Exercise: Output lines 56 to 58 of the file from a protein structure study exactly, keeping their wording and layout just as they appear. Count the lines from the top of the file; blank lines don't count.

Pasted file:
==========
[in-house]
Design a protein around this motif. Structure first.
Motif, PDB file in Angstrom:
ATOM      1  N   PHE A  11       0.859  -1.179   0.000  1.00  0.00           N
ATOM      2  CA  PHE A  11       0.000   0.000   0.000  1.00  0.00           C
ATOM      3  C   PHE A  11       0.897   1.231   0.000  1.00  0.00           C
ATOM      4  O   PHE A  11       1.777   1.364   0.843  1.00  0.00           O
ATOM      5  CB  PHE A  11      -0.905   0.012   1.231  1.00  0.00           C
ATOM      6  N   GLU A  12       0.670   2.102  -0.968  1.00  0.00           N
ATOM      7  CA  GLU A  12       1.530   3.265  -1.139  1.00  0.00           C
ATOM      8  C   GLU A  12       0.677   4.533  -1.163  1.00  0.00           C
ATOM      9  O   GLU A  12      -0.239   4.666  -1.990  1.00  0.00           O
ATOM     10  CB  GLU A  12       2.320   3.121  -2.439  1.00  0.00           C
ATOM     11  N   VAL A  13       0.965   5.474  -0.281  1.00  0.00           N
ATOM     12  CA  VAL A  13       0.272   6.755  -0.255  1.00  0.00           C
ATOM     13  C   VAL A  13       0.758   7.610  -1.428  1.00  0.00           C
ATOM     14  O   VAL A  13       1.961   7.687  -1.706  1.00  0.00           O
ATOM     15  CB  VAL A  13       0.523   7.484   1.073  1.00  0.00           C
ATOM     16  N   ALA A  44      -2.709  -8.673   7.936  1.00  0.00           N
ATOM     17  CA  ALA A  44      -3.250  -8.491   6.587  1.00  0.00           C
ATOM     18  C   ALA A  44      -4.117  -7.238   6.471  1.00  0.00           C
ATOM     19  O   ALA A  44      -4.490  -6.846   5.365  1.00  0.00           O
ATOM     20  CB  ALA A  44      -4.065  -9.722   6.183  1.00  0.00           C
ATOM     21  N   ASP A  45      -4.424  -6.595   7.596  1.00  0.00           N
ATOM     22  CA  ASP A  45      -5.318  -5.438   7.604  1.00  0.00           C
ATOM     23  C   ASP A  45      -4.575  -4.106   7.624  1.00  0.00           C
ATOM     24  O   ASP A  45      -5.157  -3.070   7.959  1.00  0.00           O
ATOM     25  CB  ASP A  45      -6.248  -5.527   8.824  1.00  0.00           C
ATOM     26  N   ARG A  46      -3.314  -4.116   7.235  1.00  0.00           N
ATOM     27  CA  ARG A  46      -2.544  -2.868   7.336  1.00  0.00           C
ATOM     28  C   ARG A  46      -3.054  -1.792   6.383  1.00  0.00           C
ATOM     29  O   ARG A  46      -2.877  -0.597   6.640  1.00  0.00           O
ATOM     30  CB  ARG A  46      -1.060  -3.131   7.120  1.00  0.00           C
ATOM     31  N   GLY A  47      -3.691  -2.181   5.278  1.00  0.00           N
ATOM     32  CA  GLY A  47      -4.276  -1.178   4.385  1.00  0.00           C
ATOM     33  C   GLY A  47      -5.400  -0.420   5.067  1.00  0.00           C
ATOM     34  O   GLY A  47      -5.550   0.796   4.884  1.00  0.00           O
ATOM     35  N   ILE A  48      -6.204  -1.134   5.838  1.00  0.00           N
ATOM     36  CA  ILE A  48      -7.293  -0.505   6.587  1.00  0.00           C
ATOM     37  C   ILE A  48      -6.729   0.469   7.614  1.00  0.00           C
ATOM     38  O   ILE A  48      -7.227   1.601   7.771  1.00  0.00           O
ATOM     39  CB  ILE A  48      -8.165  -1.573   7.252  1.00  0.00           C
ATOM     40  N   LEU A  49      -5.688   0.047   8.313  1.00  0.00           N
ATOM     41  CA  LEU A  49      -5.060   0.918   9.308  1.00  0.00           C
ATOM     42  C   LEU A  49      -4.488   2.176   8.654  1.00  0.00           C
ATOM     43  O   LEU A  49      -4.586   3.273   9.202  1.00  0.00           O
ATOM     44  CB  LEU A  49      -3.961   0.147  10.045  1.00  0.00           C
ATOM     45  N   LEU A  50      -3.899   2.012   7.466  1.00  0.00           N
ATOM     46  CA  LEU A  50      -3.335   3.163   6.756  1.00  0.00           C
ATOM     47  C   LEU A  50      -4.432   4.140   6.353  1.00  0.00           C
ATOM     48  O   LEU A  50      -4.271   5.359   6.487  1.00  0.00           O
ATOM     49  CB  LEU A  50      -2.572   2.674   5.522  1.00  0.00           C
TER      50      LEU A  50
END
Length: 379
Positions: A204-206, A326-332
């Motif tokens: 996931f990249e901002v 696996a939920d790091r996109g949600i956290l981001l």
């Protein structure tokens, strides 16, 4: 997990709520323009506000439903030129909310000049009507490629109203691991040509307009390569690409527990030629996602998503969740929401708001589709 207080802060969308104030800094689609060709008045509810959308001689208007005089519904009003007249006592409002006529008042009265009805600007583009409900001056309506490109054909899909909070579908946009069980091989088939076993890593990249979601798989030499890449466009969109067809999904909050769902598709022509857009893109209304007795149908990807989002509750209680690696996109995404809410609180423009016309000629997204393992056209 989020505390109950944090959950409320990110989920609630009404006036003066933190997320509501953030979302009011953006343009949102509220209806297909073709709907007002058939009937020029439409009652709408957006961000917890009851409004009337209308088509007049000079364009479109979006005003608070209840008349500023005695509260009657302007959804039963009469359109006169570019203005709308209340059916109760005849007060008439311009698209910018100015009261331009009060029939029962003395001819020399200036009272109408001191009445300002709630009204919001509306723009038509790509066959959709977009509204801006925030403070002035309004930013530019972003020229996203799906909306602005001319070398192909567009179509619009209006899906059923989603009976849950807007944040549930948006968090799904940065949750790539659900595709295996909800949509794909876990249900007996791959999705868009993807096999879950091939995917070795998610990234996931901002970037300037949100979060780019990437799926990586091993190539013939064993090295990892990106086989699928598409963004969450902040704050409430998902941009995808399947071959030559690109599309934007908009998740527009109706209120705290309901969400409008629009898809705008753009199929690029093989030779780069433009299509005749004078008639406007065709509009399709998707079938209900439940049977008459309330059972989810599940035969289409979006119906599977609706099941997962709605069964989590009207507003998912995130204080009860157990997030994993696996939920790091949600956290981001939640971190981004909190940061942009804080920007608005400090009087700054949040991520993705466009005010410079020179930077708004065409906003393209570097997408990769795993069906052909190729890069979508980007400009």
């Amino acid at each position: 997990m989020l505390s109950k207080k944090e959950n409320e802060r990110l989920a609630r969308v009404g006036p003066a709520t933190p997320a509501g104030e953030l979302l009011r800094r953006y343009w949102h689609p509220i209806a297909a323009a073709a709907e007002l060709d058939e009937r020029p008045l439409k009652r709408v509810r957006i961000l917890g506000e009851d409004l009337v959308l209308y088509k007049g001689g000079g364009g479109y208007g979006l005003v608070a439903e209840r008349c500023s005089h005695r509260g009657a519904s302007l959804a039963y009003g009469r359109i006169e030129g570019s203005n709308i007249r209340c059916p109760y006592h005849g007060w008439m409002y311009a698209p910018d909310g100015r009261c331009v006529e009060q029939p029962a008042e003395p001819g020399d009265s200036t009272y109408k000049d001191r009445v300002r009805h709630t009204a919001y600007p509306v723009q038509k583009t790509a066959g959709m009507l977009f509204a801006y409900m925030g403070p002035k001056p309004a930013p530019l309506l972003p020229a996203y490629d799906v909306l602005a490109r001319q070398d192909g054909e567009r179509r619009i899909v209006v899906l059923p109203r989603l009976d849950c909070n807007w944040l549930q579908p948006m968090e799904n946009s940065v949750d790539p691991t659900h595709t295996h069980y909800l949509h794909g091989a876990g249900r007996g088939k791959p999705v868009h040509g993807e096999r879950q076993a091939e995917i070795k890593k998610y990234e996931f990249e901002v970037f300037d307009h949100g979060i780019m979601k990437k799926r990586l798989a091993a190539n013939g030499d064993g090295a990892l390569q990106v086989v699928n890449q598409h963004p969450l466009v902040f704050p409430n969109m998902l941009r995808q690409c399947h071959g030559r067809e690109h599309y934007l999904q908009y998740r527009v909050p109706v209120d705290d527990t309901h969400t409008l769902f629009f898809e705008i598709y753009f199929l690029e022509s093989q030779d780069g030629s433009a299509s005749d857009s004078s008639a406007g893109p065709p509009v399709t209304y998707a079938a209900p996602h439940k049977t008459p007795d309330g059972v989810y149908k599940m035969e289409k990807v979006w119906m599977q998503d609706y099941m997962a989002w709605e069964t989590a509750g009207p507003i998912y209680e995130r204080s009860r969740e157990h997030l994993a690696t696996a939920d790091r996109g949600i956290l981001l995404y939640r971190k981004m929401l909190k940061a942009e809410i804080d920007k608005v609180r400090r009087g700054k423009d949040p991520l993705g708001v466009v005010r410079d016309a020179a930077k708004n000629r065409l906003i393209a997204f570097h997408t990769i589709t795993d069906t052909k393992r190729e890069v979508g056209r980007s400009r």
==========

Positions: A204-206, A326-332
């Motif tokens: 996931f990249e901002v 696996a939920d790091r996109g949600i956290l981001l």
């Protein structure tokens, strides 16, 4: 997990709520323009506000439903030129909310000049009507490629109203691991040509307009390569690409527990030629996602998503969740929401708001589709 207080802060969308104030800094689609060709008045509810959308001689208007005089519904009003007249006592409002006529008042009265009805600007583009409900001056309506490109054909899909909070579908946009069980091989088939076993890593990249979601798989030499890449466009969109067809999904909050769902598709022509857009893109209304007795149908990807989002509750209680690696996109995404809410609180423009016309000629997204393992056209 989020505390109950944090959950409320990110989920609630009404006036003066933190997320509501953030979302009011953006343009949102509220209806297909073709709907007002058939009937020029439409009652709408957006961000917890009851409004009337209308088509007049000079364009479109979006005003608070209840008349500023005695509260009657302007959804039963009469359109006169570019203005709308209340059916109760005849007060008439311009698209910018100015009261331009009060029939029962003395001819020399200036009272109408001191009445300002709630009204919001509306723009038509790509066959959709977009509204801006925030403070002035309004930013530019972003020229996203799906909306602005001319070398192909567009179509619009209006899906059923989603009976849950807007944040549930948006968090799904940065949750790539659900595709295996909800949509794909876990249900007996791959999705868009993807096999879950091939995917070795998610990234996931901002970037300037949100979060780019990437799926990586091993190539013939064993090295990892990106086989699928598409963004969450902040704050409430998902941009995808399947071959030559690109599309934007908009998740527009109706209120705290309901969400409008629009898809705008753009199929690029093989030779780069433009299509005749004078008639406007065709509009399709998707079938209900439940049977008459309330059972989810599940035969289409979006119906599977609706099941997962709605069964989590009207507003998912995130204080009860157990997030994993696996939920790091949600956290981001939640971190981004909190940061942009804080920007608005400090009087700054949040991520993705466009005010410079020179930077708004065409906003393209570097997408990769795993069906052909190729890069979508980007400009």